On December 9th, 1993, Bay Windows covered the Gay and Lesbian Student Rights Bill, which I was was working on to protect LGBTQ students in Massachusetts public schools.
More from Bay Windows, Student rights bill gets legislative approval now awaits Weld’s anticipated signature by Christopher Muther:
A bill that will make discrimination against Massachusetts lesbian and gay public high school students illegal is now sitting on Gov. William F. Weld’s desk, after the state’s House of Representatives and Senate gave final approval to the bill Dec. 6.
Weld now has 10 days to sign the bill into law. He has been a supporter of the bill for the past two years and is expected to sign the measure early next week.
Advocates of the bill are calling it one of the most important pieces of legislation to come out of Beacon Hill since 1989’s gay rights law.
“We’re hoping once the bill is signed into law here, other states will look at adopting it,” said David LaFontaine, lobbying director of the Massachusetts Coalition for Lesbian and Gay Civil Rights. “This is just as important as having gay rights laws in place. It’s something we’ve waited too long to address.”
The bill will offer legal redress to students who feel they have been discriminated against in “admission to a public school of any town, or in obtaining the advantages, privileges, and courses of study” in any school in the state, according to the bill.
If signed into law, students will be able to sue their school for tuition reimbursement at another state school if they feel they are being discriminated against and the school is not addressing the problem.
“The bill is actually a lot more powerful than it appears on the surface,” LaFontaine said.
Many on Beacon Hill credit the bill’s success to the continued persistence of gay and lesbian teens and their supporters who have held rallies, vigil and actively lobbied the legislature. Gay students have told horror stories, like 17-year old Belmont High School student, [Marsian] De Lellis, who said at an Oct. 13th rally that he was tormented by his peers even before he revealed his sexual orientation.
De Lellis said in middle school he was spat upon until his shirt was soaked and dog feces [were] thrown at him, while 16-year-old Chris Hannon was harassed so badly at Boston Catholic High School he was forced to drop out.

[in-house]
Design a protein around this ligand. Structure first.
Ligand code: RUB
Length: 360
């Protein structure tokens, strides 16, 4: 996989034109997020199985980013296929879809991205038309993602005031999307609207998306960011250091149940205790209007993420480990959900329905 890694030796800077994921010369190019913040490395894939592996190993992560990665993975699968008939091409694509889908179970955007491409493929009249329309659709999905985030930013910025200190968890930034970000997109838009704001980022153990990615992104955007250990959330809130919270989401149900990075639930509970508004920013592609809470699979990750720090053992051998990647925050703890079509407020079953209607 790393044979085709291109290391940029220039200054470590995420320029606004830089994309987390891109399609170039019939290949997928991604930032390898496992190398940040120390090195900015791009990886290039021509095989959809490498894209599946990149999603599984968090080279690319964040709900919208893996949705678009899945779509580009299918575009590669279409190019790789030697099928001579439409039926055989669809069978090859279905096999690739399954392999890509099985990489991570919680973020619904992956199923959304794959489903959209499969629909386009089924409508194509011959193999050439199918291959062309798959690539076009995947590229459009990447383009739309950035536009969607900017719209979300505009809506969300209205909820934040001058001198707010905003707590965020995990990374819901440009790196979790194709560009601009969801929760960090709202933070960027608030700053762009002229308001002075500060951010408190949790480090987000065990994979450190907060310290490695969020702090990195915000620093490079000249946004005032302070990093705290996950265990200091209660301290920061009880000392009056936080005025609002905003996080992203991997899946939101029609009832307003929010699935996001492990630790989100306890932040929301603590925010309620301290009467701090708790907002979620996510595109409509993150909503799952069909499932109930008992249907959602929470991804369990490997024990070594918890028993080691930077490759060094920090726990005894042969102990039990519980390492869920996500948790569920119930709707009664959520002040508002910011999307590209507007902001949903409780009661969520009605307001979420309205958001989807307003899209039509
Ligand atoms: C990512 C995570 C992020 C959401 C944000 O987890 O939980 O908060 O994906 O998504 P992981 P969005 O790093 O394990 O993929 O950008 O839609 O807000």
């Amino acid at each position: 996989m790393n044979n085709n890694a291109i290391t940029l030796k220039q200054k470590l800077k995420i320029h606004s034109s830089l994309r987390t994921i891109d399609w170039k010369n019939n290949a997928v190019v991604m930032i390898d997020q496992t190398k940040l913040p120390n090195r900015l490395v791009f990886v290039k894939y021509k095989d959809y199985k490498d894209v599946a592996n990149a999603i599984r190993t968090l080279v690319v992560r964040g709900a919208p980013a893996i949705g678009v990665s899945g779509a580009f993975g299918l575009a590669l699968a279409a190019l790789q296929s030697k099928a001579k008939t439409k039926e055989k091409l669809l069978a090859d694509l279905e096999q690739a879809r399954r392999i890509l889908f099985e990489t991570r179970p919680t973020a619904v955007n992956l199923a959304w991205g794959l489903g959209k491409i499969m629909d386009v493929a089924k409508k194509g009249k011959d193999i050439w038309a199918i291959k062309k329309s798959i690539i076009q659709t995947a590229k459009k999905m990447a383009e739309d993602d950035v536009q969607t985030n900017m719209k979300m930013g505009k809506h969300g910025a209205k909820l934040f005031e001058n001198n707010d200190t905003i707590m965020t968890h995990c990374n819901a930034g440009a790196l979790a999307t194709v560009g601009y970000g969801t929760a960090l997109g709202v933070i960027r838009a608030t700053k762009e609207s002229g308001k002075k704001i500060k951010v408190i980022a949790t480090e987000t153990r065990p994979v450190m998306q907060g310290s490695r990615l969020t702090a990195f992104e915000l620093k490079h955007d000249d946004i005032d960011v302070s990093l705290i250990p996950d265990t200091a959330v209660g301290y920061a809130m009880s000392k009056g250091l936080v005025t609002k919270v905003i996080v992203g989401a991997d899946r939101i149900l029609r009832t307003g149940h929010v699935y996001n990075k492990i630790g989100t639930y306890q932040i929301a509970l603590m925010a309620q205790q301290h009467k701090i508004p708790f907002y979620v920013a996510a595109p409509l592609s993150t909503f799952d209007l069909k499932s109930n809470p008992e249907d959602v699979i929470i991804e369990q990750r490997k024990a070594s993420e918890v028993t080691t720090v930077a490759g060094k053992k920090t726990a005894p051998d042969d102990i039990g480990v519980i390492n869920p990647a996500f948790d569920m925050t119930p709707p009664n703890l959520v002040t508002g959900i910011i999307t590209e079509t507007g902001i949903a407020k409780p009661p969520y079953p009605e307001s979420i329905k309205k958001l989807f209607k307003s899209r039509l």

“I’ve donated a lot of time,” said Sarah Longberg-Lew, an openly lesbian senior at Brookline High School who has also spoken at rallies and attends the weekly Monday afternoon vigil at the State House to see that the bill is passed. “Right now we’re on the edge of our seats. I’ve really put a lot into passing this bill. I don’t think I could do it again.”
With the Senate’s affirmative vote on Dec. 1, and the procedural final vote on Dec. 6, even those who were skeptical of the bill’s ability to pass now say they are excited of the prospect of a gay student rights bill in place.
The student bill has moved slowly since it was passed through the House in a voice vote on Oct. 4. The bill was then sent to the Senate for a preliminary vote and was approved by a 31-to-3 vote. After initial Senate approval, the bill was placed in the Third Reading Committee at the end of October.
“I was very worried the bill would die in committee,” said LaFontaine. “That’s always a real threat with a bill like this. The homophobes are ashamed to openly oppose it, so they look fro other ways to oppose it, like not releasing it from committee.”
The bill say in the Third Reading committee for close to a month, while teens and activists rallied and pushed for its release. After a rally held Nov. 30 that featured several Senate supporters, the bill was released from the Third Reading Committee.
On Dec. 1, the state Senate passed the bill, in a 28-to-2 vote. Voting against the bill were Robert Buell and Marian Walsh.
“It was very successful,” LaFontaine said. “The handwriting was on the wall that there was enough support for this. The Third Reading Committee was serving as a graveyard for this bill. We learned during the fight for the  gay rights bill that we have to fight every step of the way.”
In addition to allowing students to file suit against schools they feel are discriminating against them, the bill will also pressure schools into adopting their own policies protecting lesbian and gay students from harassment, he said. Currently, there are less than a dozen schools in the commonwealth that have policies in place protecting gay and lesbian students.
“I think we’ll be able to make a strong argument that these schools will be in conflict with state law if they don’t have a policy,” he said. “This is a legal tool for speeding things along.”
The school policy also creates a foundation for students to create gay/ straight student alliances, he said, because there would be a law in place to protect the group against harassment.
If passed, the student law will be enforced by the Massachusetts Commission Against Discrimination.
In addition to giving his support to the gay student bill, in the past two years Weld has formed a committee to look at ways to help reduce the numbers of lesbian and gay teens who commit suicide and has given the group $450,000 to hold training sessions across the state.
The money is also being disbursed in the form of grants that can be used for library books, guest speakers and establishing gay student groups. The money comes from a cigarette tax passed by Bay State voters last year.